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Researchers Link Food Additive to Lung Cancer

Researchers say it appears that a food additive found in many processed foods may accelerate lung cancer growth, and increase the risk of lung cancer in people predisposed to the disease.

Evidence is accumulating that excessive intake of food additives known as inorganic phosphates, which are put into some meats, cheeses and bakery products to keep them moist, may play a significant role in the aggressiveness and development of lung cancer.

Researchers at the Seoul National University in South Korea conducted the study using mice with lung tumors. Two groups of mice were fed diets containing either 0.5 percent or one percent phosphate, levels roughly equivalent to normal amounts consumed in a human diet.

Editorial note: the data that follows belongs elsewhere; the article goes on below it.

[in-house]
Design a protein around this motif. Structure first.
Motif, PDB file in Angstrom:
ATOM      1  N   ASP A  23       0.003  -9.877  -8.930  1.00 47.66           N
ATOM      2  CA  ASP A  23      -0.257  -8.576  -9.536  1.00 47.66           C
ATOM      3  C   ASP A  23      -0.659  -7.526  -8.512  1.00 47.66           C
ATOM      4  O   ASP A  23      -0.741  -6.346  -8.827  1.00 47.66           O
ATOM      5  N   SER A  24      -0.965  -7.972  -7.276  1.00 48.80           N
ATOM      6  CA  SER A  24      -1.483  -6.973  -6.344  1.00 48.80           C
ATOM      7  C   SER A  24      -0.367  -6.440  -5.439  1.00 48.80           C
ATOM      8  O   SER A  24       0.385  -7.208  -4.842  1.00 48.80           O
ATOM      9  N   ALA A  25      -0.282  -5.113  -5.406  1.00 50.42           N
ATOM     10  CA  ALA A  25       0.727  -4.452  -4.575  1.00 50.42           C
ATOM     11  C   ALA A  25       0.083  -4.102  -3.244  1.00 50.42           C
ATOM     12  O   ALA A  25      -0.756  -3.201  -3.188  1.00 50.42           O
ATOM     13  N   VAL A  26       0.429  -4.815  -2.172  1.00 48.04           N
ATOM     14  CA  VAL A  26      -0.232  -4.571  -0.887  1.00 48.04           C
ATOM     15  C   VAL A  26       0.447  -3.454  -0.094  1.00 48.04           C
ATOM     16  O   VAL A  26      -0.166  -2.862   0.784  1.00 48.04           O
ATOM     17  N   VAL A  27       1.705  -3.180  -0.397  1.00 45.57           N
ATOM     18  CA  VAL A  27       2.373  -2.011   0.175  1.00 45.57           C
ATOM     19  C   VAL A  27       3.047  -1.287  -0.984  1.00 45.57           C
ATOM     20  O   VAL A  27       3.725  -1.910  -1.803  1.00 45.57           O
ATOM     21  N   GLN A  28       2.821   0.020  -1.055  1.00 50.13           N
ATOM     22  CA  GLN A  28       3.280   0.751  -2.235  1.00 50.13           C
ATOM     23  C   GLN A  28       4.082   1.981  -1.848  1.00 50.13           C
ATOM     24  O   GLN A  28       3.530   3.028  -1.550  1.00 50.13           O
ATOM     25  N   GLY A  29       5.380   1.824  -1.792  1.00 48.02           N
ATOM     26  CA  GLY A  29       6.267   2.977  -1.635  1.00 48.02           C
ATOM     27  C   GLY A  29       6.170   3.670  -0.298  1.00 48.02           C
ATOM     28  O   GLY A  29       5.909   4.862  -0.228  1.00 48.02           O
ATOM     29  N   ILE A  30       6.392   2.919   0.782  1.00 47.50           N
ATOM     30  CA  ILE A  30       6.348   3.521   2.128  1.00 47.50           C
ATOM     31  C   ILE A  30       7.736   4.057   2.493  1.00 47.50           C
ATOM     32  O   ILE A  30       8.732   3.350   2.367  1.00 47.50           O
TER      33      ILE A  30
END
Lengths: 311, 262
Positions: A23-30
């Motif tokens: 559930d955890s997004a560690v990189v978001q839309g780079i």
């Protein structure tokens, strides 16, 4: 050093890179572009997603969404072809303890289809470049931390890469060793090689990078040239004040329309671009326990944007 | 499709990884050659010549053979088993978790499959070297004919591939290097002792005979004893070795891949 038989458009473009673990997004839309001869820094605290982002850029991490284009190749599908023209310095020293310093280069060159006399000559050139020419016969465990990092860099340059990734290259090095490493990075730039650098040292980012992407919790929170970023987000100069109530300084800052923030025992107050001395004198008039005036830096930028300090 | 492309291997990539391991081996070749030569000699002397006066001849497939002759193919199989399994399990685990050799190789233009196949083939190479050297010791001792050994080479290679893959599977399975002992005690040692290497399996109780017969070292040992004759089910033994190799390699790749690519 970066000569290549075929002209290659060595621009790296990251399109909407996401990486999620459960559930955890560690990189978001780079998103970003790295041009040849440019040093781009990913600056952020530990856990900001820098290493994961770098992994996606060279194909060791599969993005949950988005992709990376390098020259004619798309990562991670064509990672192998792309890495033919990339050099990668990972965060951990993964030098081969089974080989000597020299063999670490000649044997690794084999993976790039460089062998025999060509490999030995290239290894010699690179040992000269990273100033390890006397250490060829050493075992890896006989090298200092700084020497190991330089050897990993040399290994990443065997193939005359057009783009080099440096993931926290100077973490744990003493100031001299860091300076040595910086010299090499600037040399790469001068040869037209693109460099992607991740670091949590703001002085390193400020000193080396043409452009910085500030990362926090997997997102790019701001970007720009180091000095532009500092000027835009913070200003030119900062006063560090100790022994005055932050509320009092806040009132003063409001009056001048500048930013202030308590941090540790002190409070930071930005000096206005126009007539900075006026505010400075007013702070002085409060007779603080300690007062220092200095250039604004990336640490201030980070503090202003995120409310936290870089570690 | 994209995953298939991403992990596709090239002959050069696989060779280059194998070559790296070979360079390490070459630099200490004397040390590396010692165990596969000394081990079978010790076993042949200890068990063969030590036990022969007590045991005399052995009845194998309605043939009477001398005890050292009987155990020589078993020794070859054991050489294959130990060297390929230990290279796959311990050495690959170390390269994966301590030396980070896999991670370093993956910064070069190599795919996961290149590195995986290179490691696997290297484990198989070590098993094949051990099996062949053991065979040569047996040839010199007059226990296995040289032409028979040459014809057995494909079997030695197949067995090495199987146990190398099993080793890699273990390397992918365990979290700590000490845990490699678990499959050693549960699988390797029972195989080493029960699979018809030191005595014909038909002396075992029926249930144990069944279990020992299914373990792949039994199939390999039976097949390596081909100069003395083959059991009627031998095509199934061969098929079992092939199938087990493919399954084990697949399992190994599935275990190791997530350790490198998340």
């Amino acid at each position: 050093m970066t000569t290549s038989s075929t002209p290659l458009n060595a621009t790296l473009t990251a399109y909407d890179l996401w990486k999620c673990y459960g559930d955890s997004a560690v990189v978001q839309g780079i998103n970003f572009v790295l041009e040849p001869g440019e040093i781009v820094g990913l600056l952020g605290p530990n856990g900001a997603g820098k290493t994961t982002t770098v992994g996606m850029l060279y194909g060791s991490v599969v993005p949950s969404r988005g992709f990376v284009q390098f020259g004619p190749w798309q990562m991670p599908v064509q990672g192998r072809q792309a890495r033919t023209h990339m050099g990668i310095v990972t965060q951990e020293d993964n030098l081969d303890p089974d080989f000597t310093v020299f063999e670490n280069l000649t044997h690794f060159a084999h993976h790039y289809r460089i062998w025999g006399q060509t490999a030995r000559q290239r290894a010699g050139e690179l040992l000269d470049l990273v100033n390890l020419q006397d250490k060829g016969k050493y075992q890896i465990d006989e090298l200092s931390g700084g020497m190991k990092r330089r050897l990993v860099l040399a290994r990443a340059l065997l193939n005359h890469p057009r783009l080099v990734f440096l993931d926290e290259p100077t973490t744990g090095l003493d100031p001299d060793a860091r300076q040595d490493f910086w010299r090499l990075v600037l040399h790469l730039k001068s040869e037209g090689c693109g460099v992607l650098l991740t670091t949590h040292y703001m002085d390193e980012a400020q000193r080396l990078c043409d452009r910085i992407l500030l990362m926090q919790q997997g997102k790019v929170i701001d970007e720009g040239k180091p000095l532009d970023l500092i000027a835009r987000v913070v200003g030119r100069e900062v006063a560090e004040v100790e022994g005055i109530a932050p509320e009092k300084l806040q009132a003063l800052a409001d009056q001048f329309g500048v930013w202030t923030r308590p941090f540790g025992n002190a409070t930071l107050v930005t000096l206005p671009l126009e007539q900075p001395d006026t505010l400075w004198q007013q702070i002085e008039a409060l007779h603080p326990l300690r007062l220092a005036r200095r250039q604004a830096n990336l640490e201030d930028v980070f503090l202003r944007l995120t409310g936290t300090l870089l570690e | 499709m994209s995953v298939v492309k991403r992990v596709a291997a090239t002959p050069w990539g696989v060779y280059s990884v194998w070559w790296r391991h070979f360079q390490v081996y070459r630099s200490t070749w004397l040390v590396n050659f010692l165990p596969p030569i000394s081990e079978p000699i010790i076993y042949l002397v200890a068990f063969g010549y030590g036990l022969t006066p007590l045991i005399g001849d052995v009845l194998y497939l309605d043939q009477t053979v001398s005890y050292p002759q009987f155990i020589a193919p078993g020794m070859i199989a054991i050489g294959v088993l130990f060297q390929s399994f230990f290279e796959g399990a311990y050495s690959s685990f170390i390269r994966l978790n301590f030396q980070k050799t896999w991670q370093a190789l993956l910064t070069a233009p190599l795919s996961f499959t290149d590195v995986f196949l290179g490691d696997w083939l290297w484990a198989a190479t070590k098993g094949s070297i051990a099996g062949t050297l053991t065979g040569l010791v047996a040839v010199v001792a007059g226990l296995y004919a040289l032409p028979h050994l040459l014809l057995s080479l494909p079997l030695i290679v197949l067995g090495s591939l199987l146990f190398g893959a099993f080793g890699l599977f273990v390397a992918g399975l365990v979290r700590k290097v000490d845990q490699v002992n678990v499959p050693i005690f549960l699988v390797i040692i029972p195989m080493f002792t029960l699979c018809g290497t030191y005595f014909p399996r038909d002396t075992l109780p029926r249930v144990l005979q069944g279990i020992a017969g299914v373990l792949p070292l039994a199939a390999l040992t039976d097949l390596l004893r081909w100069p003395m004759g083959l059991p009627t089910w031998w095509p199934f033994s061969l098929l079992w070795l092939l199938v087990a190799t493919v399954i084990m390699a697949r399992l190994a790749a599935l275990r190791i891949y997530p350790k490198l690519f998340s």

John Heffner, past president of the American Thoracic Society, says the mice that consumed food laced with the higher amount of the additive had the more aggressive tumors.

"And, they concluded that high dietary phosphate appeared to promote the development and the progression of cancer," said John Heffner. "And, also, they looked at some of the molecular signaling that was going on that promote tumor development, and found alterations in the high phosphate animals."

Scientists say the consumption of foods with additives such as inorganic phosphates has been growing steadily, and future studies may be needed to determine safe levels.

Lung cancer is the leading cause of cancer deaths around the world.

The study by South Korean researchers was published in the American Journal of Respiratory and Critical Care Medicine.